# Getting started in machine learning

Every so often, a chemist or biologist will ask me how they can get started in machine learning. Here is my current answer:

## My experience

When I started out, I had a strong quantitative background (chemical engineering undergrad, was taking PhD courses in chemical engineering) and some functional skills in programming. From there, I first dove deep into one type of machine learning (Gaussian processes) along with general ML practice (how to set up ML experiments in order to evaluate your models) because that was what I needed for my project. I learned mostly online and by reading papers, but I also took one class on data analysis for biologists that wasn’t ML-focused but did cover programming and statistical thinking. Later, I took a linear algebra class, an ML survey class, and an advanced topics class on structured learning at Caltech. Those helped me obtain a broad knowledge of ML, and then I’ve gained deeper understandings of some subfields that interest me or are especially relevant by reading papers closely (chasing down references and anything I don’t understand and/or implementing the core algorithms myself).

## General advice and where to start

More generally, to do applied ML you need to be able to:

- Put your data into your model.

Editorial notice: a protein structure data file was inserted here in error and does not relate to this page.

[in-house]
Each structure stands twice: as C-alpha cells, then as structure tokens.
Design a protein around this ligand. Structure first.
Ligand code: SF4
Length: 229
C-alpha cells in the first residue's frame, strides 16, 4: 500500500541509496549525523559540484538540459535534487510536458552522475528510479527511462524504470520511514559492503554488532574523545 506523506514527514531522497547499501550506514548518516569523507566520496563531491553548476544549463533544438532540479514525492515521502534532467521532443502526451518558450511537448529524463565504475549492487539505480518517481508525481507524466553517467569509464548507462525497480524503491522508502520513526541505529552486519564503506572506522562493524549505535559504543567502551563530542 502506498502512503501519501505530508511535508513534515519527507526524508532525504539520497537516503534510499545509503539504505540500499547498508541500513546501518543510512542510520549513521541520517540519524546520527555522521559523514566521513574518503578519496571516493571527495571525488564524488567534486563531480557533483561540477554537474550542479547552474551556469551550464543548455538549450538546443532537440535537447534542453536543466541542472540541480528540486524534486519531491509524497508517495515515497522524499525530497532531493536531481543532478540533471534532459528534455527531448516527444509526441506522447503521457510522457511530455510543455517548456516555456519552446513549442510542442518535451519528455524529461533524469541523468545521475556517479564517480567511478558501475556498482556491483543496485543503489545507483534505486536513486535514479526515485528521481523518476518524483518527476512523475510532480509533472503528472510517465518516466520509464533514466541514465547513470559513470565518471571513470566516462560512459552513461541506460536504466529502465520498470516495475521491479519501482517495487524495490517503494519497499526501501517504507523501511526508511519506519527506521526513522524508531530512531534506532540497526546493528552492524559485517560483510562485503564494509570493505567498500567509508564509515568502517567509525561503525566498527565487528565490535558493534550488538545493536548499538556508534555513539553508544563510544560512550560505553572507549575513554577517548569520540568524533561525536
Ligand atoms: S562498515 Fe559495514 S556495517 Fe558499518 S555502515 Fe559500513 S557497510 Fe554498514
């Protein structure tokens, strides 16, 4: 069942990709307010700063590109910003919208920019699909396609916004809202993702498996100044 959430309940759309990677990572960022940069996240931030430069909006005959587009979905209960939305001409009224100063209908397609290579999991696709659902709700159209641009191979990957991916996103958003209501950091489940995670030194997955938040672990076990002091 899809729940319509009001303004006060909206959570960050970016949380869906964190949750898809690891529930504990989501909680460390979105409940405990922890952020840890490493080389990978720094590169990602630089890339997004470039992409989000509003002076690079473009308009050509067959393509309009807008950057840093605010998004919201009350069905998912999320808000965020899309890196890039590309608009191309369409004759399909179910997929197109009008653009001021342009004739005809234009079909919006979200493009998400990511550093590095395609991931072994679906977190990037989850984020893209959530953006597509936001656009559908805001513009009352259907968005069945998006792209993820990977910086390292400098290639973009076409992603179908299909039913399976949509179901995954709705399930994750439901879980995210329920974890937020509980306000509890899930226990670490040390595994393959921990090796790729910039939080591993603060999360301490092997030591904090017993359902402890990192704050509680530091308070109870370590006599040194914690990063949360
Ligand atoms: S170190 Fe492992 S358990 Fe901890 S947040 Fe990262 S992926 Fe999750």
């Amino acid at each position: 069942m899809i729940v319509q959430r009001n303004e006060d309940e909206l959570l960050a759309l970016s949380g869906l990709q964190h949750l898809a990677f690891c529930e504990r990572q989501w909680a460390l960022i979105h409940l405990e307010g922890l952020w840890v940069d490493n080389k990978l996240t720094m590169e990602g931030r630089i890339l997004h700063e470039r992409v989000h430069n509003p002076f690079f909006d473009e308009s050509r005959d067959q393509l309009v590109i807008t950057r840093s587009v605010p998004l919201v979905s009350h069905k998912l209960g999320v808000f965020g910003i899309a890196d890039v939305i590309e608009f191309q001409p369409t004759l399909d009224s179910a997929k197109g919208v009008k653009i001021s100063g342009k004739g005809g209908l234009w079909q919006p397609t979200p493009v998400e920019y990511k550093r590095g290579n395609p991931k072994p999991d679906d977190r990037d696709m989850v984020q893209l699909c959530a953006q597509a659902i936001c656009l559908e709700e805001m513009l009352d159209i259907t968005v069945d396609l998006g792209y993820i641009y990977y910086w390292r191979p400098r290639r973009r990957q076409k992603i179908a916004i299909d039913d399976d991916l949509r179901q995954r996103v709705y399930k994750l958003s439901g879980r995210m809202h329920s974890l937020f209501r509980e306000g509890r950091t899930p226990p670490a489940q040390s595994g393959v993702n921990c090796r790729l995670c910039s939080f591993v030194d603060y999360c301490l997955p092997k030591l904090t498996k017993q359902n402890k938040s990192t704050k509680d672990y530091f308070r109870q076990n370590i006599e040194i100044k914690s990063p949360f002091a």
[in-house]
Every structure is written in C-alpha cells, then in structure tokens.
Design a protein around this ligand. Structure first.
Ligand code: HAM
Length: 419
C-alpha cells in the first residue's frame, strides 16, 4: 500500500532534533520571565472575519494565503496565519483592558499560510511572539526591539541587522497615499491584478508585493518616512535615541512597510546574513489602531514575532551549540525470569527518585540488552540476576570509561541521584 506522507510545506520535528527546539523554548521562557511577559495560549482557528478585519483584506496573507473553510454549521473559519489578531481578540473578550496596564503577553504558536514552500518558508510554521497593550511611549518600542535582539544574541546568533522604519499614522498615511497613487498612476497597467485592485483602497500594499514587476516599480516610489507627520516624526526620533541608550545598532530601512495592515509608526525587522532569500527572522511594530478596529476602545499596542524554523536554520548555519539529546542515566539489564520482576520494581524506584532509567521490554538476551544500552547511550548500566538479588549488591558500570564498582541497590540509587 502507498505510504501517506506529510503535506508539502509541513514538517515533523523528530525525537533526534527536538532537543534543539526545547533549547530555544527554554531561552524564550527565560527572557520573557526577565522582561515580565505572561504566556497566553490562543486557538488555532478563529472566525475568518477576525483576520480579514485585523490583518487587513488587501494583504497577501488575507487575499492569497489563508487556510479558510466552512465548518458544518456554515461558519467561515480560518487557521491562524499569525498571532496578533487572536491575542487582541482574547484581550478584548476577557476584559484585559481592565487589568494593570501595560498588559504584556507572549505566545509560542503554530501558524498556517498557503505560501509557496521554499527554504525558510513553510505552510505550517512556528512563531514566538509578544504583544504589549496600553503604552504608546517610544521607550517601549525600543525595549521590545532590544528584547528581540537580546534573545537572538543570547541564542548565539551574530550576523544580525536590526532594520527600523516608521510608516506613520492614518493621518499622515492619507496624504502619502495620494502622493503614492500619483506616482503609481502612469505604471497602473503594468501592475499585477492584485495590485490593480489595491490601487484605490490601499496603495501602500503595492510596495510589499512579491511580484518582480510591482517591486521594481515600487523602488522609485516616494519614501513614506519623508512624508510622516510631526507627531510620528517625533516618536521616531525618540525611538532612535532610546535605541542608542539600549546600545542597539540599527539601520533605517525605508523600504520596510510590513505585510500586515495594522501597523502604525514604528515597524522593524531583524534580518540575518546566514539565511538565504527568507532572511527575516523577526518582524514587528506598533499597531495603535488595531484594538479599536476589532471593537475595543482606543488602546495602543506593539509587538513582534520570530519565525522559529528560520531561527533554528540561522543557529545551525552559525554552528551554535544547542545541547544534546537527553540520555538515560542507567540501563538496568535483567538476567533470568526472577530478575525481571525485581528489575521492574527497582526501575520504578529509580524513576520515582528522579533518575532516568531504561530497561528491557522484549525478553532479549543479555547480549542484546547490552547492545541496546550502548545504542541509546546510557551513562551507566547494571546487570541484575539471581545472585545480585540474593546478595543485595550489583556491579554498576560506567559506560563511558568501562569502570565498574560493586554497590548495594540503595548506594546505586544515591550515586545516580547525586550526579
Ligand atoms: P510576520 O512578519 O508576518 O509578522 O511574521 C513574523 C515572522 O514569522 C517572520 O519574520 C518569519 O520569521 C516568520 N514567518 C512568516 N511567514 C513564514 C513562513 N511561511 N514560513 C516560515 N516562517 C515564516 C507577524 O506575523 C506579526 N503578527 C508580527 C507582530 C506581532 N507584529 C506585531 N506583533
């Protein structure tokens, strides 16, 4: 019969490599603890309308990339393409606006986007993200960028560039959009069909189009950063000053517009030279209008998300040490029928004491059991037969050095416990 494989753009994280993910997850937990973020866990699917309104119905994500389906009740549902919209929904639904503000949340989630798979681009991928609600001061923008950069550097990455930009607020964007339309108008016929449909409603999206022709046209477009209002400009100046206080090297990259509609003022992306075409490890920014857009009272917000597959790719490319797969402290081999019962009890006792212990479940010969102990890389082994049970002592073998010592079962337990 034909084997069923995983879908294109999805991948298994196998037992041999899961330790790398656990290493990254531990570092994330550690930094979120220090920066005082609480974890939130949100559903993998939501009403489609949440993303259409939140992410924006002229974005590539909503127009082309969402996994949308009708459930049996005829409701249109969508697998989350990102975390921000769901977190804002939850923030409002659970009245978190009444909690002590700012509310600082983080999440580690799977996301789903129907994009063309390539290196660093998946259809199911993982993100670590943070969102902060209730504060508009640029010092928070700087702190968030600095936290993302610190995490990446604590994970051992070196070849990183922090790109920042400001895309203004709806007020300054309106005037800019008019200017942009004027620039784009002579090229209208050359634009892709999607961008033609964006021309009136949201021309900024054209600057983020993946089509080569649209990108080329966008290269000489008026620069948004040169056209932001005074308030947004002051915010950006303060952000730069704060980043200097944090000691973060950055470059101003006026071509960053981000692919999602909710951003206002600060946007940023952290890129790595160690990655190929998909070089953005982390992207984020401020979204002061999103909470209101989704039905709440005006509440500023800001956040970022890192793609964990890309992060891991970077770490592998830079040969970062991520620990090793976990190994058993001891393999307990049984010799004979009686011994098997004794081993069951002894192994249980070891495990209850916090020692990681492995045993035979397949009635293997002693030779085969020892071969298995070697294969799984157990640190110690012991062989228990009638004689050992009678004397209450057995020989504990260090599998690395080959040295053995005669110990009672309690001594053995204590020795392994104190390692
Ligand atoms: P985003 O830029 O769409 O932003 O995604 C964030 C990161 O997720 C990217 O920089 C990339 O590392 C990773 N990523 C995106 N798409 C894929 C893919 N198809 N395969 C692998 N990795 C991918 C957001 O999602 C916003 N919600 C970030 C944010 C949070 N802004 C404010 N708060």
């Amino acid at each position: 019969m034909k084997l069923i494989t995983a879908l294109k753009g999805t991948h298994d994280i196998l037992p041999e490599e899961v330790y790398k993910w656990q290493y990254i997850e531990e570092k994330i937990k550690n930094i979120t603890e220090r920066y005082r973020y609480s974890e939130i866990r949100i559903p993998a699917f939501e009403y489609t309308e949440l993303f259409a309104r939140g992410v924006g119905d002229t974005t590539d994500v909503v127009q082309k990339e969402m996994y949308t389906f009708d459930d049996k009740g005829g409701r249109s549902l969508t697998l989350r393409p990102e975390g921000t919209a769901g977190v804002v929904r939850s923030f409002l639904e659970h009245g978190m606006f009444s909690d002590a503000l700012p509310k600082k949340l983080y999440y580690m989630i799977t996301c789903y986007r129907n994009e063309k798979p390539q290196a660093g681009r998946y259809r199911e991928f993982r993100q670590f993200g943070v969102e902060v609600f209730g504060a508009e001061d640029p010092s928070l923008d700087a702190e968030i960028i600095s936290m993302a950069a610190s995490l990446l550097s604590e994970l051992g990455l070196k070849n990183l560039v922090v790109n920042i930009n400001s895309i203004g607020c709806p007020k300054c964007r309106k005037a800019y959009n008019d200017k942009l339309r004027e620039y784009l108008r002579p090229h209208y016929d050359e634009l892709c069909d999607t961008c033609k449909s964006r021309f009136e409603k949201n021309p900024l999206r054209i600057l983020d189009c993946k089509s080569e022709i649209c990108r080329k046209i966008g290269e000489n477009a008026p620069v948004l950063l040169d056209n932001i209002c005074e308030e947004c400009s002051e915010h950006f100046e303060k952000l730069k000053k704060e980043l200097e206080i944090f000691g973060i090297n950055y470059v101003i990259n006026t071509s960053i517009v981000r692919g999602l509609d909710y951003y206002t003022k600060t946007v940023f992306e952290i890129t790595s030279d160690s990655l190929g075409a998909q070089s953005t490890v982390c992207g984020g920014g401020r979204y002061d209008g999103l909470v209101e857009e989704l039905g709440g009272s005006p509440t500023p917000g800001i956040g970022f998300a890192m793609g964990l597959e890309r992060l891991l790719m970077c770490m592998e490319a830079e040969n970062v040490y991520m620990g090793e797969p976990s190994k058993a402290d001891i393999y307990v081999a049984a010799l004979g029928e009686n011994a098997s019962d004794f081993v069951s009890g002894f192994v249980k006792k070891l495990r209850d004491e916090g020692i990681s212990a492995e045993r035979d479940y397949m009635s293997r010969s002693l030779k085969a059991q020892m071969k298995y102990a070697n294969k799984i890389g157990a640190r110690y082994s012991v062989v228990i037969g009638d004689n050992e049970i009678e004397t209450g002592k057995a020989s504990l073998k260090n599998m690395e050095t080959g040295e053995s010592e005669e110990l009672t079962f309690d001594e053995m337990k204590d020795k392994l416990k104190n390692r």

- Understand at a high level what the model is doing.
- Analyze the results.

For 1 and 3, programming is essential. The most popular language for ML right now is Python, but programming skills transfer pretty well between languages and frameworks.

For 2 and 3, you need undergraduate-level probability and statistics (you should know, for example, what probability density functions and random variables are). Introductory linear algebra is also helpful here, as it underpins a lot of the data manipulations and theory behind machine learning algorithms.

If you are interested in developing methods or even moving towards core machine learning research, then the mathematical and formal computer science knowledge required will obviously become much more stringent, but my advice when starting out would be to pick a problem you’re interested in, learn what you need to solve that problem, and then learn more as you go along.

## Some resources

- Caltech’s Programming Bootcamp for Biologists, taught by Justin Bois
- Caltech’s Data Analysis in the Biological Sciences, taught by Justin Bois
- Stanford’s ML Intro course
- All the Stanford deep learning classes are well-taught and have resources online.